Stuhlbarg is a lifelong “supporting actor” who finally get a breakthrough role as the unforgettable father of CALL ME BY YOUR NAME (Luca Guadagnino, 2017). SHIRLEY represents his first big opportunity after that previous film (three years later!), as a reminder that he is a splendid actor who deserves better. In one of the best scenes of the movie, Stanley commands fiercely and with arrogance a crude lecture about Fred’s work and his persona in a way that makes Nichol’s film a perfect companion piece. A moment like that is brilliant thanks to Stuhlbarg’s performance.
In the case of Elizabeth Moss, we are in the presence of one of the most gifted actors of her generation, which is funny when you think that a large portion of her astounding work is comprised by performances in TV shows (MAD MEN, TOP OF THE LAKE, THE HANDMAID’S TALE). SHIRLEY confirms the momentum that the actress is living right now on the path to conquering the big-screen, released just a few months after delighting audience and critics with THE INVISIBLE MAN (2020). We should take into consideration that Decker’s film was previewed before in the Sundance Festival with good acceptance (it’s a shame that we cannot appreciate it in movie theaters right now). If in THE INVISIBLE MAN, Moss delivered a physically and emotionally exhausting performance, her work in SHIRLEY is most subtle and introspective. Just look at the slight changes in her gaze or the different manifestations of her distinctive smile to understand beforehand what her character feels and thinks even when she didn’t speak.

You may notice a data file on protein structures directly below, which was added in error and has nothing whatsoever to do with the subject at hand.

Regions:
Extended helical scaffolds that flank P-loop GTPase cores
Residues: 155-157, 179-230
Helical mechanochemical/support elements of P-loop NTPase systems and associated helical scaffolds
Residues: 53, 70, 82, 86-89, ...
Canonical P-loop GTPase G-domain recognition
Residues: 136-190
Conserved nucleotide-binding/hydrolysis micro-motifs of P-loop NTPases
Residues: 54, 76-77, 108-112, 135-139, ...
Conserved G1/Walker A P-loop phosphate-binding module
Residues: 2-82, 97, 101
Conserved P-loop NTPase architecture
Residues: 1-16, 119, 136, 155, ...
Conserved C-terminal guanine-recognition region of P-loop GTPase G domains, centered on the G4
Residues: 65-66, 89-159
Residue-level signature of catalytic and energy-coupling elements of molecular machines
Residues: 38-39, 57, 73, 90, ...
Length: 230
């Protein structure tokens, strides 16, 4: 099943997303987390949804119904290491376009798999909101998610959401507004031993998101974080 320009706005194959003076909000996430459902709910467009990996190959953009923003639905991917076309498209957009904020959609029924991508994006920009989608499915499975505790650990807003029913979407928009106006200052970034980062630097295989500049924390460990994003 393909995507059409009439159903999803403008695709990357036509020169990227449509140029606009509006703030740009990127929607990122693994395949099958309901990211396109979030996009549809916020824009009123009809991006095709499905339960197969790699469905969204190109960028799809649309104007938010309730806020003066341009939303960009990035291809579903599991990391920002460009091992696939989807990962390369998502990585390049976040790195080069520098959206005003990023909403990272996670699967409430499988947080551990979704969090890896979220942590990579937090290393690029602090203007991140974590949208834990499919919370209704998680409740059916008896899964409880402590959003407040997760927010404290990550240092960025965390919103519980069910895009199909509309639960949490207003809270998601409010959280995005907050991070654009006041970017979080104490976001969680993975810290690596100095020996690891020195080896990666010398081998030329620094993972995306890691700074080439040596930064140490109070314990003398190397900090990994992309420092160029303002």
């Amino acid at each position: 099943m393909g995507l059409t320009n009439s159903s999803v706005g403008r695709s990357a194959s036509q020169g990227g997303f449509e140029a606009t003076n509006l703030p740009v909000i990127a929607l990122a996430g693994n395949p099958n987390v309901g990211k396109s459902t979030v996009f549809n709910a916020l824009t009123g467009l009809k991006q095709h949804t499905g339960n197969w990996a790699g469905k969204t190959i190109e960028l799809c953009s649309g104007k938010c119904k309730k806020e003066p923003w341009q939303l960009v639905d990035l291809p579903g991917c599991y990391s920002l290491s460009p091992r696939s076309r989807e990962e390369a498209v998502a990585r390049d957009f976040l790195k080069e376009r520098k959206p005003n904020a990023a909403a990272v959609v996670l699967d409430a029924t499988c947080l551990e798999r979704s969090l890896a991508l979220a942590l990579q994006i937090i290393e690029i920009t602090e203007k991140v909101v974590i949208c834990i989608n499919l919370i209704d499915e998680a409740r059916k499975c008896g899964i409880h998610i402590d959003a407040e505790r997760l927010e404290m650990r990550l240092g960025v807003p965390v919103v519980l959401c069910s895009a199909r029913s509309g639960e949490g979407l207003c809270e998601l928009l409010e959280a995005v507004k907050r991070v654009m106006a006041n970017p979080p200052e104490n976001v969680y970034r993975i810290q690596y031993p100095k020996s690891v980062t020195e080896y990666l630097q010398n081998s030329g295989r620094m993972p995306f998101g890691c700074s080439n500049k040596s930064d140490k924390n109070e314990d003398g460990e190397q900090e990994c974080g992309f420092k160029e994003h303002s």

Sometimes the movie is volatile in its story and uncertain about the subjects Decker wants to explore. Even so, Moss and Stuhlbarg always help to provide a pleasant watching experience whether together or apart on-screen. SHIRLEY is a showcase for two previously underrated actors that starts a new decade of work for them covered now in an aura of hard-won prestige and respectability.